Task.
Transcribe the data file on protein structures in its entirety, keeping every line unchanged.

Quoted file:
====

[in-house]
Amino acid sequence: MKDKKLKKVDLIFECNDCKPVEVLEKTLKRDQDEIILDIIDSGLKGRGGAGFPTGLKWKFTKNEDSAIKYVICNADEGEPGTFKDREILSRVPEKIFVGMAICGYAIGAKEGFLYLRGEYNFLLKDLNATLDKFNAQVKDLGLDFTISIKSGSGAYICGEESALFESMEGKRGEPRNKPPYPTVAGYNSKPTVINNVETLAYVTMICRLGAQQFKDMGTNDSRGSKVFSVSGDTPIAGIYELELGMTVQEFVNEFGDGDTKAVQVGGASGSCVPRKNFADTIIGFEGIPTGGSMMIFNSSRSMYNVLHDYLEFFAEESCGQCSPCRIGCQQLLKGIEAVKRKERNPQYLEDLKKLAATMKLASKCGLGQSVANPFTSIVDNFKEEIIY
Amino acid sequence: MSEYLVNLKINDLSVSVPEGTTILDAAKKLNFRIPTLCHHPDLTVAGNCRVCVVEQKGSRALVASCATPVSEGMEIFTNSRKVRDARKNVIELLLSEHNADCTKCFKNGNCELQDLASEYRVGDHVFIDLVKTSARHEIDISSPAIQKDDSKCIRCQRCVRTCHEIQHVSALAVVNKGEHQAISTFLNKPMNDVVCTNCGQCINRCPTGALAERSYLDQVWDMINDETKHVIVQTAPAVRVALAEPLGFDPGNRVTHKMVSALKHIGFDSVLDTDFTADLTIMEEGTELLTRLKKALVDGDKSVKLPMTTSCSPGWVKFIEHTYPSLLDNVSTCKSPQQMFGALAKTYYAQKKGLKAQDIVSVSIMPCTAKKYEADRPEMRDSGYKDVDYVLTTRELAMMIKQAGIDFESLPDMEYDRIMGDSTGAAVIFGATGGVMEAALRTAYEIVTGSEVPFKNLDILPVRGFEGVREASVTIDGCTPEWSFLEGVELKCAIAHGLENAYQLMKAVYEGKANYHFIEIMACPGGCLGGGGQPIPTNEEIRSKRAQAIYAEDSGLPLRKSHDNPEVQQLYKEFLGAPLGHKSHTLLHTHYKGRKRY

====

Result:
[in-house]
Amino acid sequence: MKDKKLKKVDLIFECNDCKPVEVLEKTLKRDQDEIILDIIDSGLKGRGGAGFPTGLKWKFTKNEDSAIKYVICNADEGEPGTFKDREILSRVPEKIFVGMAICGYAIGAKEGFLYLRGEYNFLLKDLNATLDKFNAQVKDLGLDFTISIKSGSGAYICGEESALFESMEGKRGEPRNKPPYPTVAGYNSKPTVINNVETLAYVTMICRLGAQQFKDMGTNDSRGSKVFSVSGDTPIAGIYELELGMTVQEFVNEFGDGDTKAVQVGGASGSCVPRKNFADTIIGFEGIPTGGSMMIFNSSRSMYNVLHDYLEFFAEESCGQCSPCRIGCQQLLKGIEAVKRKERNPQYLEDLKKLAATMKLASKCGLGQSVANPFTSIVDNFKEEIIY
Amino acid sequence: MSEYLVNLKINDLSVSVPEGTTILDAAKKLNFRIPTLCHHPDLTVAGNCRVCVVEQKGSRALVASCATPVSEGMEIFTNSRKVRDARKNVIELLLSEHNADCTKCFKNGNCELQDLASEYRVGDHVFIDLVKTSARHEIDISSPAIQKDDSKCIRCQRCVRTCHEIQHVSALAVVNKGEHQAISTFLNKPMNDVVCTNCGQCINRCPTGALAERSYLDQVWDMINDETKHVIVQTAPAVRVALAEPLGFDPGNRVTHKMVSALKHIGFDSVLDTDFTADLTIMEEGTELLTRLKKALVDGDKSVKLPMTTSCSPGWVKFIEHTYPSLLDNVSTCKSPQQMFGALAKTYYAQKKGLKAQDIVSVSIMPCTAKKYEADRPEMRDSGYKDVDYVLTTRELAMMIKQAGIDFESLPDMEYDRIMGDSTGAAVIFGATGGVMEAALRTAYEIVTGSEVPFKNLDILPVRGFEGVREASVTIDGCTPEWSFLEGVELKCAIAHGLENAYQLMKAVYEGKANYHFIEIMACPGGCLGGGGQPIPTNEEIRSKRAQAIYAEDSGLPLRKSHDNPEVQQLYKEFLGAPLGHKSHTLLHTHYKGRKRY